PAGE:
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David Friedman on the Internal Contradictions of Marxist Exploitation Theory

From Libertarianism.org‘s The Turney Collection: Never-Before-Seen Archive Tapes: George H. Smith Debates David D. Friedman: Ethics vs. Economics (1981) – The Turney Collection.

Friedman makes an interesting critique of the Marxist theory of exploitation. He says:

Part of my evidence that political disagreement stems more from disagreement about is’s than oughts comes from the following experience, which I have had and I think many of you have had.  A libertarian is arguing with a socialist, and they’re arguing about some fundamental moral question such as whether a capitalist has the right to the profits he gets from his capital. And one discovers after a while that the socialist’s idea of the history of the particular hypothetical capitalist is that the socialist got his capital by stealing it from somebody, that is, by doing things that the libertarian would regard as stealing it from somebody.  Whereas the libertarian’s idea of the history of this hypothetical capitalist is that he had a tract of land out of the jungle while the lazy worker sat by and now wishes to get some income for the use of his farmland.

And that suggests to me that both people have very similar moral intuitions and that each of them is trying to twist his vision of reality in such a way that his moral intuitions will be consistent with the set of institutions that he is in favor of.  And I would give as one more rather striking example of that the way in which Marxists use the term exploitation.  Very simply, the Marxist argument goes as follows.  All things are produced by the workers, either directly by the workers working or indirectly by the workers building machines called capital, which then help produce goods.

The capitalists consume some of it.  Therefore, the capitalists are exploiting the workers.  Now, if you think of it, you will notice that there is a hidden libertarian premise in there somewhere, namely, that things belong to the people who make them.  If the socialists really believed that the right premise was from each according to his ability to each according to his needs, it would follow that if the workers were good at working and the capitalists needed Rolls-Royces, that there would be absolutely nothing wrong with the capitalists receiving profits.  And the reason that the socialists are upset about the capitalists receiving profits is that, at base, the socialist’s moral intuition is very much like yours and mine, namely, that ownership somehow comes out of producing.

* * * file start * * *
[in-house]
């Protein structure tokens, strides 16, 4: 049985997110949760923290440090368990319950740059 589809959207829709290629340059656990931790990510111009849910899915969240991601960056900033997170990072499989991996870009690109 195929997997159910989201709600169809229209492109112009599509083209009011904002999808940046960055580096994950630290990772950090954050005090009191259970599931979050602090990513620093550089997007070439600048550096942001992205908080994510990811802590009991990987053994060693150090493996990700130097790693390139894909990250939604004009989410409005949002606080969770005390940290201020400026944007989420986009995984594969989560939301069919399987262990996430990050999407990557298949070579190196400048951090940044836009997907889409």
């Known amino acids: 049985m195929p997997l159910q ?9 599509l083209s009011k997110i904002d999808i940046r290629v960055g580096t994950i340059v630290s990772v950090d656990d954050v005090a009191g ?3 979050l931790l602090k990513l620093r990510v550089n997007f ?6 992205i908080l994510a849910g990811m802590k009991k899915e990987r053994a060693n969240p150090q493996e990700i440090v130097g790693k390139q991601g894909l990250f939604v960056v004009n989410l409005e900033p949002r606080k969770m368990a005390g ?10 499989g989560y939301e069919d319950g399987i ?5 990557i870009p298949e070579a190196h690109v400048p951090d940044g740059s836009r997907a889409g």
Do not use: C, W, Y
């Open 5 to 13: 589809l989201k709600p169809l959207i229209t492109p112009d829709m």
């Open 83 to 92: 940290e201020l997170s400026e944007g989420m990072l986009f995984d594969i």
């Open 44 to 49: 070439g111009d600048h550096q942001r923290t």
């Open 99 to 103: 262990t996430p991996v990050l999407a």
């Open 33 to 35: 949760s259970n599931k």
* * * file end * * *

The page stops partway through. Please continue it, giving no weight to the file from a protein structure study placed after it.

See also Hoppe: Marx was “Essentially Correct”. Now Friedman is not quite right here; ownership doesn’t come from production. Production is transformation of existing, already-owned resources into a more valuable arrangement; see “Against Intellectual Property After Twenty Years: Looking Back and Looking Forward,” the section “Lockean Creationism” and n. 46.

David also is wrong in other places, e.g.: “Every time I light a match, photons from that match are trespassing on property for 100 miles around.  Every time I light a match, little bits of soot are trespassing on land for 20 miles around.” But stray photons going onto my neighbor’s land are not necessarily trespass, if they don’t interfere with his use of it. But this is a side point.

I had David’s entire opening talk, from 4:08 to 19:30, transcribed; it’s below:

George H. Smith Debates David Friedman: Ethics vs. Economics (1981)

00:04:14

M:  Can the color lights be cut?

00:04:17

00:04:18

DAVID FRIEDMAN:  Thank you.  Can everybody hear me?  I regard microphones as instruments invented by the devil to destroy the human voice.  Can you hear me all right from here?

00:04:28

AUDIENCE:  Yes.

00:04:29

DAVID FRIEDMAN:  Fine.  Let me begin by saying that what this debate was, at least the first time around I believe, was a debate about what sorts of arguments were most important or most useful in defending libertarianism.  There is certainly sense in which economic arguments without philosophical arguments are logically impossible or useless.  You can’t talk about what’s desirable without talking about what ultimately you want.  However, if everybody agreed about what you wanted, then you would reduce only to questions of how to get it, which would be economic questions.

00:05:11

Let me start by briefly defining what I mean by economics and economic arguments versus philosophy and philosophical arguments because I got the impression towards the end of the previous run of this debate that a good deal of what I thought was economics, George thought was philosophy, which led to a certain amount of confusion.  Economics deals with questions such as what will be the consequences of certain laws or certain institutions.  And philosophy, or at least the particular part of philosophy that is mostly used by libertarians for making arguments, deals with oughts, with statements such as it is desirable that people be happy, or you ought not to steal someone else’s property or other questions of that sort.

00:06:04

Now, there’s a good deal of overlap in these two, and that can be seen by considering one very simple philosophical position, the position called rule utilitarianism, which holds we ought to act according to that set of rules, which maximize the sum total of human happiness.  Now, in one sense, you could say that all of what I called economic arguments, which say that if you have private property, people will be happy, for example, are a part of a philosophical argument, which the rule utilitarian uses to say we ought to act in certain ways.

00:06:41